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Adv Drug Deliv Rev. 2000 Sep 15;43(1):13-28.

Recent advances in the use of DNA vaccines for the treatment of diseases of farmed animals.

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Veterinary Infectious Disease Organization, 120 Veterinary Road, Saskatoon, Saskatchewan S7N 5E3, Canada.


DNA-based vaccination constitutes one of the most recent approaches to vaccine development. This technology is in principle one of the most simple and yet versatile methods of inducing both humoral and cellular immune responses, as well as protection against a variety of infectious agents. However, although immune responses have been induced in a number of larger species, most information on the efficacy of DNA immunization has been generated in mice. In this review the information available to date about the use of DNA vaccines in farmed animals, including cattle, pigs and poultry, is presented. The areas that need specific attention in the future to bring this technology to the market are discussed, including the issues concerning delivery, safety, compatibility of plasmids in multivalent vaccines and the potential of using immune stimulants as part of a DNA vaccine.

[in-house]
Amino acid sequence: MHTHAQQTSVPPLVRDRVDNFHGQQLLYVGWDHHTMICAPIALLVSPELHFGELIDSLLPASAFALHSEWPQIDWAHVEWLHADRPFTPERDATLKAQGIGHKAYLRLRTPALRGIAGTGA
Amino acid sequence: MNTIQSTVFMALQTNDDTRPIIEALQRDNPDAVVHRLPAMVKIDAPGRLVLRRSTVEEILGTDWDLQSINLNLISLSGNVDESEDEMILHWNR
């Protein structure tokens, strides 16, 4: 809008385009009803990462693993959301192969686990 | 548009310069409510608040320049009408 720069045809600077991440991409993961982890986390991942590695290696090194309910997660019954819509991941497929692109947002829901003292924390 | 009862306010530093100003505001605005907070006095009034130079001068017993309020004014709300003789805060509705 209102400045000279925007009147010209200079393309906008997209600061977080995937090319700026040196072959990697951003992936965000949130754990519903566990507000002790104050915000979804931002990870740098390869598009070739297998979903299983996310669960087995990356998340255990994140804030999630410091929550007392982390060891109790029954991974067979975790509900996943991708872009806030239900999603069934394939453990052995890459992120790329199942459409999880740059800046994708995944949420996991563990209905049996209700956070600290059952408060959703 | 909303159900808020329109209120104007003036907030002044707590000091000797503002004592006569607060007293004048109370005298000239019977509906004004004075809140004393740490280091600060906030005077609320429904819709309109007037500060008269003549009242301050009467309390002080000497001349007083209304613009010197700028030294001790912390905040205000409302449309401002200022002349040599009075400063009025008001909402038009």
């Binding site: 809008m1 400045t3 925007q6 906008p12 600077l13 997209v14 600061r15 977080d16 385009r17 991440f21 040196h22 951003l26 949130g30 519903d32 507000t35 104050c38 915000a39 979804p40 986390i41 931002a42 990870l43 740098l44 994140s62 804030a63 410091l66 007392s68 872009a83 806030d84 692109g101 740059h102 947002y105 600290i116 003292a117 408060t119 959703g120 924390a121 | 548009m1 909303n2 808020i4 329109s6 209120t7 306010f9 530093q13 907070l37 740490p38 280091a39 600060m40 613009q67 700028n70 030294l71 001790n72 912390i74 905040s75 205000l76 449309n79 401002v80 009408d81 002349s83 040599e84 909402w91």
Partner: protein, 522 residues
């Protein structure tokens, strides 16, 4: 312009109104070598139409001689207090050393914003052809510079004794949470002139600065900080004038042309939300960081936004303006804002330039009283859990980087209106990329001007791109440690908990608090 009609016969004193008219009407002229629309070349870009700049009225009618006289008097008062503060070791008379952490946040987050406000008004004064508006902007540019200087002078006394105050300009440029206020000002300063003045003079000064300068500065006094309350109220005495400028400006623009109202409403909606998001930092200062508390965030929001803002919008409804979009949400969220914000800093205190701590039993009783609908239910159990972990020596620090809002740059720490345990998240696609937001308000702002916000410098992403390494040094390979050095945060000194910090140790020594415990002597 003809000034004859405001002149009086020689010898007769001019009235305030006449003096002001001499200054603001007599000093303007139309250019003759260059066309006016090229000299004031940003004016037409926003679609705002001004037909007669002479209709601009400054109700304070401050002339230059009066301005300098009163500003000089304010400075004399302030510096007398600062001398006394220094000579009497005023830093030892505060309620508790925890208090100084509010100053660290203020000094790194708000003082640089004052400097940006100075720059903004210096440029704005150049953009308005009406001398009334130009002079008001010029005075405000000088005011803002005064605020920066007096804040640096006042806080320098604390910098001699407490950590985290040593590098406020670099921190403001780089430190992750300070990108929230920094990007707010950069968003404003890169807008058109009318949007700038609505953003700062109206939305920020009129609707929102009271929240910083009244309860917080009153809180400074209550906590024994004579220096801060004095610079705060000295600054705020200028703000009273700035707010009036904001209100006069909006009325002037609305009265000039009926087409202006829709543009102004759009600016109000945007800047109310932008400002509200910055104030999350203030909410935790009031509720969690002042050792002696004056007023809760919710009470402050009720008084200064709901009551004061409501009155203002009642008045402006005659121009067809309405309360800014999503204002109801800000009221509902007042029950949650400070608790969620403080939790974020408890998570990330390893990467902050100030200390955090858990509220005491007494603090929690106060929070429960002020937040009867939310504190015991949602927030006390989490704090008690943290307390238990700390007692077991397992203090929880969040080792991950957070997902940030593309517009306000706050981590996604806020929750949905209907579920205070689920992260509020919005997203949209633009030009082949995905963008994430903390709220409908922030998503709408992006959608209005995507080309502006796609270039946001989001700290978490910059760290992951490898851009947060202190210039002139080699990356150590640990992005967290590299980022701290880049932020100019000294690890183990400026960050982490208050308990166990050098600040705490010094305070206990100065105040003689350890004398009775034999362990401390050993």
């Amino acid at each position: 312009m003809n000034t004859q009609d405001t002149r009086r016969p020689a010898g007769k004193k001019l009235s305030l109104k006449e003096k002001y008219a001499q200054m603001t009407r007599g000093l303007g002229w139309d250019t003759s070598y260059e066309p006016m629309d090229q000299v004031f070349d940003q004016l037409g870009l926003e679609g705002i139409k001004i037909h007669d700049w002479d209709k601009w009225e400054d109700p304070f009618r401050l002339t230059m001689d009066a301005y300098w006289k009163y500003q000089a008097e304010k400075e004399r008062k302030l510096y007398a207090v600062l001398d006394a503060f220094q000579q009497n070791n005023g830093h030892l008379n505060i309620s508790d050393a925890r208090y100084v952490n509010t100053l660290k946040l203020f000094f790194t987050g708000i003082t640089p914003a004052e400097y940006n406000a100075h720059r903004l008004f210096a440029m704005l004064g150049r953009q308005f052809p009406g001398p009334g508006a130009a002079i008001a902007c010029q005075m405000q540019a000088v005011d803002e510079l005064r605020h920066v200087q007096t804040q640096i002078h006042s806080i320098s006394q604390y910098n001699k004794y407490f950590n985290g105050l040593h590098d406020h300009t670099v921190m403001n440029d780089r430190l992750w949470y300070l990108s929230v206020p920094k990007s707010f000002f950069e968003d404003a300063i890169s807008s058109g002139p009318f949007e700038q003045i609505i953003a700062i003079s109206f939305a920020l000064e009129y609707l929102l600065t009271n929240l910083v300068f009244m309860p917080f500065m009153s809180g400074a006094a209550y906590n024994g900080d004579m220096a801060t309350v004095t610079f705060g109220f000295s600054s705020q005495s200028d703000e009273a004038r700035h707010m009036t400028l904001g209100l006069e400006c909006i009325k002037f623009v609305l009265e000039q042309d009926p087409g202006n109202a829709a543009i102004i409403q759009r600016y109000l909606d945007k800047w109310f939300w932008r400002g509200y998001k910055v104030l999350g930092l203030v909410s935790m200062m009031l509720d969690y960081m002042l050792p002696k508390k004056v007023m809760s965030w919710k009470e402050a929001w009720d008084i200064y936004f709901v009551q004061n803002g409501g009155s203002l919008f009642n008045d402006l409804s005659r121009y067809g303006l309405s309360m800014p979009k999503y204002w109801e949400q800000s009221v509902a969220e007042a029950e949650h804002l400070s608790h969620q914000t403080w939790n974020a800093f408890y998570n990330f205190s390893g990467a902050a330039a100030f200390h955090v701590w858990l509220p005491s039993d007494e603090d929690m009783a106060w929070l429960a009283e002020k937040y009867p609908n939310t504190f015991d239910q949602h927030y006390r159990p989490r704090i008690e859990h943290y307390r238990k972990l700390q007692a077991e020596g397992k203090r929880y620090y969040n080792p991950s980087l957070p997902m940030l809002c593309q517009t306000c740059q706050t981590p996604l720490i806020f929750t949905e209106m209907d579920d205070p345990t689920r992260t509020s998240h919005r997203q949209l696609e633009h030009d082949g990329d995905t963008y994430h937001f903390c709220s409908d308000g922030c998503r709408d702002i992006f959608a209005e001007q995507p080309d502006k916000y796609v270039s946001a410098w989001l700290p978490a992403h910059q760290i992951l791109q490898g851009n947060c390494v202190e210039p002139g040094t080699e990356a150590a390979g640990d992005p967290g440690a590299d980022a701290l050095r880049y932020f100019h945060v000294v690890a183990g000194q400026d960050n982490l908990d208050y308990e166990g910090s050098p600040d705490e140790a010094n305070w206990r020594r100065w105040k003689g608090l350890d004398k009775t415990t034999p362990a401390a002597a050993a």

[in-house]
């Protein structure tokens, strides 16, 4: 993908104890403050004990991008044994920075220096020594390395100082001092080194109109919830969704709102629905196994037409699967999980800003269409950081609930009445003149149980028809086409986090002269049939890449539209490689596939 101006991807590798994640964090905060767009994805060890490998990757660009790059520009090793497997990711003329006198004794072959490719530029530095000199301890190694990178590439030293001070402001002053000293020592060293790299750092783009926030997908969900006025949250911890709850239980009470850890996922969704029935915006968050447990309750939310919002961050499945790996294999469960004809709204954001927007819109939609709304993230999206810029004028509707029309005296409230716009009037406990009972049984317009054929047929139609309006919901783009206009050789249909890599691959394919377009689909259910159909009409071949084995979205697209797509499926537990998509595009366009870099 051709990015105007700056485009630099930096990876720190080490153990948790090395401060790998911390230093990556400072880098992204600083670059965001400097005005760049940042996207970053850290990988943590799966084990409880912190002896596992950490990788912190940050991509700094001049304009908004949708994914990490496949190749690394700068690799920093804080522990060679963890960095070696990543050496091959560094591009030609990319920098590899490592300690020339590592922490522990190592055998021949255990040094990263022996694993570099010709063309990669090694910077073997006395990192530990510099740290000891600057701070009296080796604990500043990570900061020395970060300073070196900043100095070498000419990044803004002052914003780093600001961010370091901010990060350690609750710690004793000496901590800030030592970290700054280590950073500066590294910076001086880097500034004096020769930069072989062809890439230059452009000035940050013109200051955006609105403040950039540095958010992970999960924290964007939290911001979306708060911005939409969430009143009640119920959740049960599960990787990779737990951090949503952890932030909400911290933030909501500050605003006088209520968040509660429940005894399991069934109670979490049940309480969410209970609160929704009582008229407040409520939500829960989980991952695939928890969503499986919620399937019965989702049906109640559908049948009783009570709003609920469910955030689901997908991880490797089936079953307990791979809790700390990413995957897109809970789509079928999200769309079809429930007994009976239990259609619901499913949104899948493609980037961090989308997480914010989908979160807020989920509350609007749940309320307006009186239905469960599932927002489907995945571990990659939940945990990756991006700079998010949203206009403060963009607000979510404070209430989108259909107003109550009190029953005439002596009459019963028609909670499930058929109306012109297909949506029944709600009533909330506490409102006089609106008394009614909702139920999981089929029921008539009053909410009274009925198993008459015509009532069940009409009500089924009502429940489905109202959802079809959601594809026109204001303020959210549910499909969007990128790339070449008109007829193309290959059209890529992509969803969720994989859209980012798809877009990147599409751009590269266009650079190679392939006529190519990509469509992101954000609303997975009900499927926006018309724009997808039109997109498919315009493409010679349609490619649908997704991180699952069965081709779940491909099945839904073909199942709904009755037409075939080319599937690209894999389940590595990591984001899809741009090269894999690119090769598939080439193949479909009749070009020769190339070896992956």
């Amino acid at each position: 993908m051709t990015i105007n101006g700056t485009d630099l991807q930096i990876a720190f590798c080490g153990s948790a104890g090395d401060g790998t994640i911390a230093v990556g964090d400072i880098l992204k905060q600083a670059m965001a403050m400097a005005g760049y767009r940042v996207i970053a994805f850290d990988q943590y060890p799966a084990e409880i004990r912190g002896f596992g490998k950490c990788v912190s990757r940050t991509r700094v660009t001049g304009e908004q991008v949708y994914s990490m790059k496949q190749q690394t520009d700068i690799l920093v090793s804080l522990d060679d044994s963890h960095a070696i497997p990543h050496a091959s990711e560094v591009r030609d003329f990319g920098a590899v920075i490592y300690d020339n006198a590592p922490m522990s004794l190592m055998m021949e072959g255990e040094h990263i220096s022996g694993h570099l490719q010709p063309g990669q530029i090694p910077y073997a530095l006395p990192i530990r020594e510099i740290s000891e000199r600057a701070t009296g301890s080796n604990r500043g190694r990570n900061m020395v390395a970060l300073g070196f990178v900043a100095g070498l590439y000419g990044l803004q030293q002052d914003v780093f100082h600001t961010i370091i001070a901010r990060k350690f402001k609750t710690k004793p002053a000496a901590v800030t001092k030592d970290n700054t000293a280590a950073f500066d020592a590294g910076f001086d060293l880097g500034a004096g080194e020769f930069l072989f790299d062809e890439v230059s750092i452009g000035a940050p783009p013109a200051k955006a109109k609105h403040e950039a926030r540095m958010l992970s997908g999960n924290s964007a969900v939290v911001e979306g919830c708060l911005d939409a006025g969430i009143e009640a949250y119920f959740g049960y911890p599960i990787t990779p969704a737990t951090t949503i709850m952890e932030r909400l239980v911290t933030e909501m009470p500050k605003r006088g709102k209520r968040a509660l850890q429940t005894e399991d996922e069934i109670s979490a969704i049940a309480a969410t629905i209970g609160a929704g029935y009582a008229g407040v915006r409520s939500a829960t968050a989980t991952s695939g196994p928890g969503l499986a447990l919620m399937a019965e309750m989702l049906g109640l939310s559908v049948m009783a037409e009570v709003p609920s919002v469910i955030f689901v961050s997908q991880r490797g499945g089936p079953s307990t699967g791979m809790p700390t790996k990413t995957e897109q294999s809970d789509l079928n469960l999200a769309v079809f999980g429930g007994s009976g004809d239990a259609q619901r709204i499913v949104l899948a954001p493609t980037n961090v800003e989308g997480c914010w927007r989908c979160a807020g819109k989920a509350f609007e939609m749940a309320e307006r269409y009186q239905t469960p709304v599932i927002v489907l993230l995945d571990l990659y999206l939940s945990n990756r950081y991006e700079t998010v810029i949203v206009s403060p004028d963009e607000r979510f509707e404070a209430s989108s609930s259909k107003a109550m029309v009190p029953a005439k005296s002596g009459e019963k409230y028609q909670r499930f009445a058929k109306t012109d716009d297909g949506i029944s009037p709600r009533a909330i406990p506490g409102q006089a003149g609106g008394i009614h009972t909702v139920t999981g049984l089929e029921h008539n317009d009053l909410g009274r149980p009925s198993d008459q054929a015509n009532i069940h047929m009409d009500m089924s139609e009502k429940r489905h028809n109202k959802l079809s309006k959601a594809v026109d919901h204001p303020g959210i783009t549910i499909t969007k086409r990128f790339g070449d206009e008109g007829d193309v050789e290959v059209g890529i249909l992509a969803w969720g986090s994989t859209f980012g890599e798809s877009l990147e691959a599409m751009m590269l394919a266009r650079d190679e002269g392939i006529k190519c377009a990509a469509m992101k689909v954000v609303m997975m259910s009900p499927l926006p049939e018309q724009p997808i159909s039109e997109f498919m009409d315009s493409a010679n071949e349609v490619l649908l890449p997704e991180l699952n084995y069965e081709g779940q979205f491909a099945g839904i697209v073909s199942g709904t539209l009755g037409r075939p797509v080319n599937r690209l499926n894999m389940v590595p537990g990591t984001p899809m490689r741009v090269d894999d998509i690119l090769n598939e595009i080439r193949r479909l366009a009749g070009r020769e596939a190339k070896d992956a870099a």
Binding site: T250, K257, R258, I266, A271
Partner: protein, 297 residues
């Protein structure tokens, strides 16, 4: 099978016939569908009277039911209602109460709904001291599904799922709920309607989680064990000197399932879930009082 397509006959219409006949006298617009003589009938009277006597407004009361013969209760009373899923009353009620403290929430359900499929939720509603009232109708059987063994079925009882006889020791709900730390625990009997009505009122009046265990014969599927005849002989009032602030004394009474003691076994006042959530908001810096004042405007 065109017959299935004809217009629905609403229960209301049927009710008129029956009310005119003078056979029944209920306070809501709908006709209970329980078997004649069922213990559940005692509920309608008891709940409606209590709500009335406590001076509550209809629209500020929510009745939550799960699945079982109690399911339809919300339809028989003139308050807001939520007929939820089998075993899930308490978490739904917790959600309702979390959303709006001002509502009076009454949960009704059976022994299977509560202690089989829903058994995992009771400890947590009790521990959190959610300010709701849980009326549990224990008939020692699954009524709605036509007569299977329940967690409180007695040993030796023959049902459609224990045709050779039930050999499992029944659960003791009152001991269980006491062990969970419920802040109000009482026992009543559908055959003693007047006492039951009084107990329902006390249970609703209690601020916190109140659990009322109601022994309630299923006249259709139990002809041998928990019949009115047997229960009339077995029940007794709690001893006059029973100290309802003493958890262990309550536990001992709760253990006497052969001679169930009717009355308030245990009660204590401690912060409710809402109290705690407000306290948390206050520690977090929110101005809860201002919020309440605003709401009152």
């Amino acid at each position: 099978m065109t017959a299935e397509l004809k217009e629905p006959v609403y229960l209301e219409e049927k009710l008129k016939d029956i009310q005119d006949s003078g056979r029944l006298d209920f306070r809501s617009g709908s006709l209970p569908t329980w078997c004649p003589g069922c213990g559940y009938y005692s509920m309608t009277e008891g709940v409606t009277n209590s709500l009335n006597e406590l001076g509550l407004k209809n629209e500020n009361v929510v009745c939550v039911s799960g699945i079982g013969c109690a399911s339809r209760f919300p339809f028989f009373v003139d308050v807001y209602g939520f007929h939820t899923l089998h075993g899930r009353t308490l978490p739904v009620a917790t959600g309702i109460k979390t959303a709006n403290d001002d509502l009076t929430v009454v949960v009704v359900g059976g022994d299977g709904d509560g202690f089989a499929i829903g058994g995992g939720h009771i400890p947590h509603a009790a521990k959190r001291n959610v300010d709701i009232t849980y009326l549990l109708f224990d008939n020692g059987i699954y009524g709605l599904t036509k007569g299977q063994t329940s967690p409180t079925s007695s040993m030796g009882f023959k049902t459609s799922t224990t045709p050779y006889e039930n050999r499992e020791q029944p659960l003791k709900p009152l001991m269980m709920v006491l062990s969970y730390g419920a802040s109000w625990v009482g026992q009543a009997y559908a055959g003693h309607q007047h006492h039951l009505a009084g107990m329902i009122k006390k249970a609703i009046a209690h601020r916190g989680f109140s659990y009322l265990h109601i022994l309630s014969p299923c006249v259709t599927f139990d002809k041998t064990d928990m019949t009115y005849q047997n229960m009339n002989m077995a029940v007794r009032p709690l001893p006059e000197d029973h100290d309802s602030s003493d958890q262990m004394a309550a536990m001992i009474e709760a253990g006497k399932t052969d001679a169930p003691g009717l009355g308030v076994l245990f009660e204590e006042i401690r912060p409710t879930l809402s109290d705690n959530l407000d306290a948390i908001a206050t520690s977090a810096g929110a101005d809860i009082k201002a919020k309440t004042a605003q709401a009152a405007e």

[Indexed for MEDLINE]

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